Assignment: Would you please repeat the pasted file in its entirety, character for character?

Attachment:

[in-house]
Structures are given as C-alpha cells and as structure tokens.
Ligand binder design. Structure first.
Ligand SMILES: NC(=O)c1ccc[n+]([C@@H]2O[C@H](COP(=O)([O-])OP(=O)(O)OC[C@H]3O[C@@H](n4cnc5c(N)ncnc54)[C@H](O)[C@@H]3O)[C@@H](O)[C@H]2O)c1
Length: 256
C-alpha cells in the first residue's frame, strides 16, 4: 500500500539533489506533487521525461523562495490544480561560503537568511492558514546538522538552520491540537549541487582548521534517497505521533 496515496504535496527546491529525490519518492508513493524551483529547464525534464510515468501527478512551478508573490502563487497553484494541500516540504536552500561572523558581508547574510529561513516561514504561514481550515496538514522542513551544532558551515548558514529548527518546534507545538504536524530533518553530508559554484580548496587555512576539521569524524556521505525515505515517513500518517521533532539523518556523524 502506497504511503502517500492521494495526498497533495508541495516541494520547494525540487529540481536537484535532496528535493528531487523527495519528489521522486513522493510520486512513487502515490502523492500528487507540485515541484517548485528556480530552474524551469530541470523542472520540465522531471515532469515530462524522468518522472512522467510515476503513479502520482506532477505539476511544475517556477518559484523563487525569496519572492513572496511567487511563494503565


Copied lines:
[in-house]
Structures are given as C-alpha cells and as structure tokens.
Ligand binder design. Structure first.
Ligand SMILES: NC(=O)c1ccc[n+]([C@@H]2O[C@H](COP(=O)([O-])OP(=O)(O)OC[C@H]3O[C@@H](n4cnc5c(N)ncnc54)[C@H](O)[C@@H]3O)[C@@H](O)[C@H]2O)c1
Length: 256
C-alpha cells in the first residue's frame, strides 16, 4: 500500500539533489506533487521525461523562495490544480561560503537568511492558514546538522538552520491540537549541487582548521534517497505521533 496515496504535496527546491529525490519518492508513493524551483529547464525534464510515468501527478512551478508573490502563487497553484494541500516540504536552500561572523558581508547574510529561513516561514504561514481550515496538514522542513551544532558551515548558514529548527518546534507545538504536524530533518553530508559554484580548496587555512576539521569524524556521505525515505515517513500518517521533532539523518556523524 502506497504511503502517500492521494495526498497533495508541495516541494520547494525540487529540481536537484535532496528535493528531487523527495519528489521522486513522493510520486512513487502515490502523492500528487507540485515541484517548485528556480530552474524551469530541470523542472520540465522531471515532469515530462524522468518522472512522467510515476503513479502520482506532477505539476511544475517556477518559484523563487525569496519572492513572496511567487511563494503565